Review: More Bruce Willis isn’t necessarily better in low-energy sci-fi actioner ‘Cosmic Sin’
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Bruce Willis has lately been lending his name to modestly budgeted, largely forgettable action pictures, marketed as “Bruce Willis movies” even though he typically appears in a few listless scenes. The good news about the explosion-laden science-fiction film “Cosmic Sin” is that Willis is in it quite a bit. Roughly half the action directly involves his character, General James Ford.
The bad news is that he’s somehow more lackluster than usual — something that would seem to be impossible given his recent run. Maybe the problem is that Willis spends most of the movie in a bulky armored spacesuit, not exactly conducive to a high-energy performance. Maybe he’s giving “Cosmic Sin” director and co-writer Edward Drake’s plodding “war of the worlds” story just as much gusto as it deserves.
Drake’s film is admirably ambitious, with a reach that exceeds its grasp (or at least its budget). Set in 2524, “Cosmic Sin” follows a group of soldiers on a secret mission to lay waste to an alien planet before its inhabitants can invade the Earth. General Ford joins the team because of his reputation for unsentimental ferocity, born of his mass murder of millions of human colonists who once rebelled against their Alliance.
Ford isn’t meant to be seen as a hero necessarily. “Cosmic Sin” is more thematically complicated, raising questions about humankind’s long history of coupling exploration with conquest. Drake seems to be going for something akin to one of the more cerebral episodes of “Star Trek” or “Battlestar Galactica,” where the morality is murky.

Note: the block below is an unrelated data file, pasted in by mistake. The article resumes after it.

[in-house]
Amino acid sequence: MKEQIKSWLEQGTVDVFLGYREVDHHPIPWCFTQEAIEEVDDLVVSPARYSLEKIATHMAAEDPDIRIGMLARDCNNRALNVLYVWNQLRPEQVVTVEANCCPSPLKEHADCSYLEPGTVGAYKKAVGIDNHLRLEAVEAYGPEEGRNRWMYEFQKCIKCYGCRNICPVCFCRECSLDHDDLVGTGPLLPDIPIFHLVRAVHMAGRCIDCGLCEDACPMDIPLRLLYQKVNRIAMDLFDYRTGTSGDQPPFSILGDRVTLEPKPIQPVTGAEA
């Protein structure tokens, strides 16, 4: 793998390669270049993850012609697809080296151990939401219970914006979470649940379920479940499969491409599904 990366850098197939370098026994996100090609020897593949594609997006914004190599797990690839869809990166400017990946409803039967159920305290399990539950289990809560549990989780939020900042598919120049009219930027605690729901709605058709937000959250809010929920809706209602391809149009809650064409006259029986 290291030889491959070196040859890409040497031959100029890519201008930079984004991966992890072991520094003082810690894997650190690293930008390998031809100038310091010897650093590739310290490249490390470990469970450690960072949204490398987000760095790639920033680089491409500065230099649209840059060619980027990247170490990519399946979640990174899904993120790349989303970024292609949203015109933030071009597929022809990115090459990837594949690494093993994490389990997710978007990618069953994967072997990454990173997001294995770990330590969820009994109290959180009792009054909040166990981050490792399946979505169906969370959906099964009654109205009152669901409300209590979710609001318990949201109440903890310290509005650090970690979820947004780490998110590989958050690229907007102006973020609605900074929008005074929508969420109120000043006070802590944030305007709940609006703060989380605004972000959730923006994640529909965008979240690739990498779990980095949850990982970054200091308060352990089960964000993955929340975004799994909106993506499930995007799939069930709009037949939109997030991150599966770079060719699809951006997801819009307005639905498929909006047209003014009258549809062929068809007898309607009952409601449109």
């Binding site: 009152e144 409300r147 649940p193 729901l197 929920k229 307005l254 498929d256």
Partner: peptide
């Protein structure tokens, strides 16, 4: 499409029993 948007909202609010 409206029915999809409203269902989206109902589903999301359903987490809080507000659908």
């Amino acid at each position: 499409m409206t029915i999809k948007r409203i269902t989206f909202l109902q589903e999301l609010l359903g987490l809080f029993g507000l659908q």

Aside from some genuinely impressive special effects sequences — with characters hurtling through the outer atmosphere or clinging to the hulls of spaceships — “Cosmic Sin” is pretty tedious. It’s clichéd, falling back on the old pulp premise of the culturally diverse “ragtag team” of tough guys and gals, barking out clumsily expositive dialogue in between unimaginative fights.
“Cosmic Sin” perks up whenever Frank Grillo shows up, playing another top military officer who refuses to hear nuanced arguments about engaging with the aliens. But Grillo only appears occasionally. He’s the Bruce Willis of this movie — offering little more than another recognizable face to put on the poster.
Rated: R, for language including some sexual references, and violence
Running time: 1 hour, 28 minutes
Playing: Available March 12 on VOD; in limited release where theaters are open
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